It’s technically not an 80s movie since it was released in 1978, but it was a wildly popular video rental throughout the 1980s. This musical about the relationship between a drag-racing bad boy and a sweet “good girl” has some of the best sing-along music ever.
And…my daughters despised it. In the end, my oldest turned to me in disbelief. “So, she becomes a completely different person for him? And now she’s allowed to be his girlfriend?” I was forced to look with fresh eyes at this standard from childhood and realize my kids had taught me another life lesson. See if your kids agree.
What would Generation X be without this movie, my personal favorite? Lloyd Dobler, aspiring kickboxer (sport of the future), asks out fellow high school graduate and valedictorian Diane Court. Together (and sometimes apart), they navigate a relationship complicated by uncertain plans for the future and a father who falls off his pedestal.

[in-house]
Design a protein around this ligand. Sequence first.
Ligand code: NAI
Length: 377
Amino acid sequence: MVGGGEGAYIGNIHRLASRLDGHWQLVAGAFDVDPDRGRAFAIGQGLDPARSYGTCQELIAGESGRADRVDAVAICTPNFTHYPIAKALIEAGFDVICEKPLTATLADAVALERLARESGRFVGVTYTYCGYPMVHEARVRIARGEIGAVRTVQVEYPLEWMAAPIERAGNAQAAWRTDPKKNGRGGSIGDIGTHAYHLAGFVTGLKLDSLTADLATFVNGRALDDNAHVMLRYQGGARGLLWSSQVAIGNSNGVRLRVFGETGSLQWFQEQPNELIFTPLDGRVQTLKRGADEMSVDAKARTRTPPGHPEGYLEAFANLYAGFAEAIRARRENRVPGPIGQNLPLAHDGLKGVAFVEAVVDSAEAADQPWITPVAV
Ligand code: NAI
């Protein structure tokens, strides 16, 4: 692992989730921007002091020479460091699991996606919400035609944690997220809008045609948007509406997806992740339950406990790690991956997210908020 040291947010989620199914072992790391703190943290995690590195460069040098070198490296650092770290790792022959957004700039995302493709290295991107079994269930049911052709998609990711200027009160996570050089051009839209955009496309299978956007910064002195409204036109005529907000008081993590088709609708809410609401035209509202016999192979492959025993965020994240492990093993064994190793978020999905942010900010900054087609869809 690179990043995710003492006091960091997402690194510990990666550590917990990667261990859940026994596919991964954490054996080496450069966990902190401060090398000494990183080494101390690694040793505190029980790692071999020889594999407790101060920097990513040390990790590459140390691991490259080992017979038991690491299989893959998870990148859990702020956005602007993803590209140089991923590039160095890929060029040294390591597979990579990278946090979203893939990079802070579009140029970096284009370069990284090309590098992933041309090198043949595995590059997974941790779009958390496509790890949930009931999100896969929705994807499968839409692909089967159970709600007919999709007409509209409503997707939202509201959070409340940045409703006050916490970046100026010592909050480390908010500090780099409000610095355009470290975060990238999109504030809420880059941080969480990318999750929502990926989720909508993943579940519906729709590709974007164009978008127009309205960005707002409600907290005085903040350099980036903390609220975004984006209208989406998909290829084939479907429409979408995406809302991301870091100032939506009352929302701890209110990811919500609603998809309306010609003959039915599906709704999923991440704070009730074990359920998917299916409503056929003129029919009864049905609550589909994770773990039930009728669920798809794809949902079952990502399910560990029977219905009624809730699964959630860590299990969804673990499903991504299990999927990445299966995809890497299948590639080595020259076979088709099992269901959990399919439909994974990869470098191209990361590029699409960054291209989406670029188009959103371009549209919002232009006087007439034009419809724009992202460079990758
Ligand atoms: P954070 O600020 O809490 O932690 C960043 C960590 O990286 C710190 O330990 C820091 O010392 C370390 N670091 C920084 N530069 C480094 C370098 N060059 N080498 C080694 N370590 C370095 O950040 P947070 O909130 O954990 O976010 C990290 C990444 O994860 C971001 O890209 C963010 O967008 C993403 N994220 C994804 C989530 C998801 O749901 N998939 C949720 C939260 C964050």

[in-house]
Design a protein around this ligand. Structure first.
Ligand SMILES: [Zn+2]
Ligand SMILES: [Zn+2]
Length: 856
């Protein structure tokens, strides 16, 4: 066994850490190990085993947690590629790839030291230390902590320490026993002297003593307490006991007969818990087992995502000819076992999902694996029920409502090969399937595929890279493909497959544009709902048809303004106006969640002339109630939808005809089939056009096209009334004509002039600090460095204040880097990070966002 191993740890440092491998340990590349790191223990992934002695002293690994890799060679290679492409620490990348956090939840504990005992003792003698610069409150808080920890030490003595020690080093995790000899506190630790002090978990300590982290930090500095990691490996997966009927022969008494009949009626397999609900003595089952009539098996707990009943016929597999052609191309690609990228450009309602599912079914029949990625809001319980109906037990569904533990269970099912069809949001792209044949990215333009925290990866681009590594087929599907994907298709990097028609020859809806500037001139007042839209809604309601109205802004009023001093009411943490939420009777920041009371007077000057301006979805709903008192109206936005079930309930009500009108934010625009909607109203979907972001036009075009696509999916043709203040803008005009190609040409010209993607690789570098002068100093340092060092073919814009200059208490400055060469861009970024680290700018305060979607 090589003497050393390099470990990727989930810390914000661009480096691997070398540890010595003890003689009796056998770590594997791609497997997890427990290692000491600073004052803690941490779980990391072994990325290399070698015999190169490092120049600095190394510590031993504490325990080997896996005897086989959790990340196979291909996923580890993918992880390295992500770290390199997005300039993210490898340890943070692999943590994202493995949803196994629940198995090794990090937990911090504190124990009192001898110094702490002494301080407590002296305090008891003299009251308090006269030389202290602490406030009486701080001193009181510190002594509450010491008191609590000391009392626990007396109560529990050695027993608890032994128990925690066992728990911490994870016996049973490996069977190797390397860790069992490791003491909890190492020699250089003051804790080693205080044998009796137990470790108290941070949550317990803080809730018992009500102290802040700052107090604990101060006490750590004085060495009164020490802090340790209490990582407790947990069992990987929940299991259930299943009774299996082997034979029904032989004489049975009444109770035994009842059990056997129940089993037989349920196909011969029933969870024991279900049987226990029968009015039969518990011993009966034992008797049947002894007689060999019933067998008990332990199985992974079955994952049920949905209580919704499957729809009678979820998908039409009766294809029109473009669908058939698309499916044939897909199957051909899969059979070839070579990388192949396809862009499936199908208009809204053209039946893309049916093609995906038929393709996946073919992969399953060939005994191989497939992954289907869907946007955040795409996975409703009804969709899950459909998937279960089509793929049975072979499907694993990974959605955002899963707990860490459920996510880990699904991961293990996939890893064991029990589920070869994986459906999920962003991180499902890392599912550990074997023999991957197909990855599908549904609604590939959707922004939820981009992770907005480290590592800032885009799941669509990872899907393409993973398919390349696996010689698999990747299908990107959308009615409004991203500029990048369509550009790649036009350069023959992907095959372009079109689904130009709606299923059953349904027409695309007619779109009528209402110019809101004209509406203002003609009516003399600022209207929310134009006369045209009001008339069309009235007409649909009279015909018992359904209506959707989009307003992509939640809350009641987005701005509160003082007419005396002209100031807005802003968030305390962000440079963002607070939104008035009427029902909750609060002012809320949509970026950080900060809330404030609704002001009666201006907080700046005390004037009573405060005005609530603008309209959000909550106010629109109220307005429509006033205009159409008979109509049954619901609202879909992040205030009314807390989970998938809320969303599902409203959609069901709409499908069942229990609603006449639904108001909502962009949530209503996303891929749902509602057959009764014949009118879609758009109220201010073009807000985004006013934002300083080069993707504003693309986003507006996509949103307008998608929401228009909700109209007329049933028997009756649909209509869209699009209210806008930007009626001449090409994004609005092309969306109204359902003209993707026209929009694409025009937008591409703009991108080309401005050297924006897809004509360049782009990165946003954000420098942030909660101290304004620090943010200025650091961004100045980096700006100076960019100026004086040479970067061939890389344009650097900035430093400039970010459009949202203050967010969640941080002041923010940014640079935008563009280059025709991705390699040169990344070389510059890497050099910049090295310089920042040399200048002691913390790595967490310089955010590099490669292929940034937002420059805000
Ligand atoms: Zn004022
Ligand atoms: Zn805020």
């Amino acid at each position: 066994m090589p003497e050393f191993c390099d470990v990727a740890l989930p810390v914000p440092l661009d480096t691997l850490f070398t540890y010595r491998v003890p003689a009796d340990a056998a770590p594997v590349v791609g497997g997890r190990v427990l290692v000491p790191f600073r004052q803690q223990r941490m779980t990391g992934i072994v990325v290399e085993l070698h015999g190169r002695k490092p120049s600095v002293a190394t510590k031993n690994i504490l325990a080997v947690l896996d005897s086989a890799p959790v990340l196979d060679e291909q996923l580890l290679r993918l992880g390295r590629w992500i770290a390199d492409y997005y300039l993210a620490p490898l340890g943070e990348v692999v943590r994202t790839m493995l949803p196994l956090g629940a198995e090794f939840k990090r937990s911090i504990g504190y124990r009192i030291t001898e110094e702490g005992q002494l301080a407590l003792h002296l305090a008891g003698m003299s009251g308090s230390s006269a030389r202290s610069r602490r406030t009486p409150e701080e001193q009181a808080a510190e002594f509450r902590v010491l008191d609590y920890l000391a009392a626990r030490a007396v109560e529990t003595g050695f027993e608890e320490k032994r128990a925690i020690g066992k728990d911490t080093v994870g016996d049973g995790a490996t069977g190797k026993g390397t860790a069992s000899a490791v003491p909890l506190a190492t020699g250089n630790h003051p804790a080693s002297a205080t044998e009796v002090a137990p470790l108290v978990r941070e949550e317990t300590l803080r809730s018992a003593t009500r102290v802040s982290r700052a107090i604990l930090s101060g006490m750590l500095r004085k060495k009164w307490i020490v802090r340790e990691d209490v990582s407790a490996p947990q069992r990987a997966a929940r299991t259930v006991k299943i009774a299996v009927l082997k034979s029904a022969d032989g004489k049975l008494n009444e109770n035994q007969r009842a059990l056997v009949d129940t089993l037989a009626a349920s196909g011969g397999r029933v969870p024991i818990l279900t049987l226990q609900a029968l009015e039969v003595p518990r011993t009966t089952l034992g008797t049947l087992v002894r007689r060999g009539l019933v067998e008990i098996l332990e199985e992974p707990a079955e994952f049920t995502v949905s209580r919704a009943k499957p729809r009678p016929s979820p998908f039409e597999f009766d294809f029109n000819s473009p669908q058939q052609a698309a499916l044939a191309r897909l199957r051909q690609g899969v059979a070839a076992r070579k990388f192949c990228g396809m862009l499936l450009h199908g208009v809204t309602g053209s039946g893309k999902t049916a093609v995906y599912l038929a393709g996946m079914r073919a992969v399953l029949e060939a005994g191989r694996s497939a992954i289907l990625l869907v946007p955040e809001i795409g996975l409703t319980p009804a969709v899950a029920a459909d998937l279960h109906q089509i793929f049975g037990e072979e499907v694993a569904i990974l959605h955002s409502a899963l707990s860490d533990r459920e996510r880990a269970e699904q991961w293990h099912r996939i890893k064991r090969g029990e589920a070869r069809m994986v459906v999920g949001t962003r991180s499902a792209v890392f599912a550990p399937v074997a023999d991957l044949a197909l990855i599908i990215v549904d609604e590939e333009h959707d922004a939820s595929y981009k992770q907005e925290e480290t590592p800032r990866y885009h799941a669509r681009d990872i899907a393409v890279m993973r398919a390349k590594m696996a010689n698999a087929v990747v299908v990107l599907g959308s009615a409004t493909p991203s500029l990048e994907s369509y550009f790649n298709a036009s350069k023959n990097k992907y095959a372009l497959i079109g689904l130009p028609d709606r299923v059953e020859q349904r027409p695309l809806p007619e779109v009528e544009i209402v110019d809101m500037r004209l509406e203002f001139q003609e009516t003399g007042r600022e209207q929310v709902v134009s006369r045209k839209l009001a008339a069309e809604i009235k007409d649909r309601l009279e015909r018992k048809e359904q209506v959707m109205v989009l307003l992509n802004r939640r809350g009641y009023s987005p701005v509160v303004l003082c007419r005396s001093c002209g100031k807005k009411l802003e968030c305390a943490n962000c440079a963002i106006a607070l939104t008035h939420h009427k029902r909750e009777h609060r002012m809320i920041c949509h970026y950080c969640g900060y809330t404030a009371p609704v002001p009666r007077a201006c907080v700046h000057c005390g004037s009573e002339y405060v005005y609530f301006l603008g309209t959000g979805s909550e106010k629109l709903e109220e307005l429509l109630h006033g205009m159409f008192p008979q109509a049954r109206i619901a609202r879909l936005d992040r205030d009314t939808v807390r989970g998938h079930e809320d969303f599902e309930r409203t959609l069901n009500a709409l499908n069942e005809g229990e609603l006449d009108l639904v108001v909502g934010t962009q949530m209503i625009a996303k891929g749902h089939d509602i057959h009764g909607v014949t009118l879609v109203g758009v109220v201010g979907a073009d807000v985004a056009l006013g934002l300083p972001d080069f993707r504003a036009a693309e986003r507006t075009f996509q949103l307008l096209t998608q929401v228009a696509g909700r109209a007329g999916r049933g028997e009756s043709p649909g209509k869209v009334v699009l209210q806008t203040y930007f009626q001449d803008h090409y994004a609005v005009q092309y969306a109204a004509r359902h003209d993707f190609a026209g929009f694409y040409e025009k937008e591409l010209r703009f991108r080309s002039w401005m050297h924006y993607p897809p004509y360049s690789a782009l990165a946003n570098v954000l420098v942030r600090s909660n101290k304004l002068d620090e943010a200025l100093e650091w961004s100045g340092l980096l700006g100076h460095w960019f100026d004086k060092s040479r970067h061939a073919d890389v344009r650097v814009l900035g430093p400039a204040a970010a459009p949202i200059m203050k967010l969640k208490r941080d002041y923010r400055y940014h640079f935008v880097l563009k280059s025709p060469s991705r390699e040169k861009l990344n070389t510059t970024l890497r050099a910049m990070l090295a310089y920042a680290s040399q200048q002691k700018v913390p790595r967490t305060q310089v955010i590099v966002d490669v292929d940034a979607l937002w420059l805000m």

Some great questions from watching this movie include: Part of maturing realizes our parents aren’t perfect. What’s it like when they disappoint us? Do you think that Diane and Lloyd’s relationship will survive, even though she’s going to college and he isn’t? We also discussed the lucrative careers available to students who don’t choose the university track.
There are just a handful of my favorite conversation-starting movies from the 1980s. I hope watching these with your family brings back some memories of swarming BlockBuster with your friends and helps spark great discussions with your kids as they decompress from school.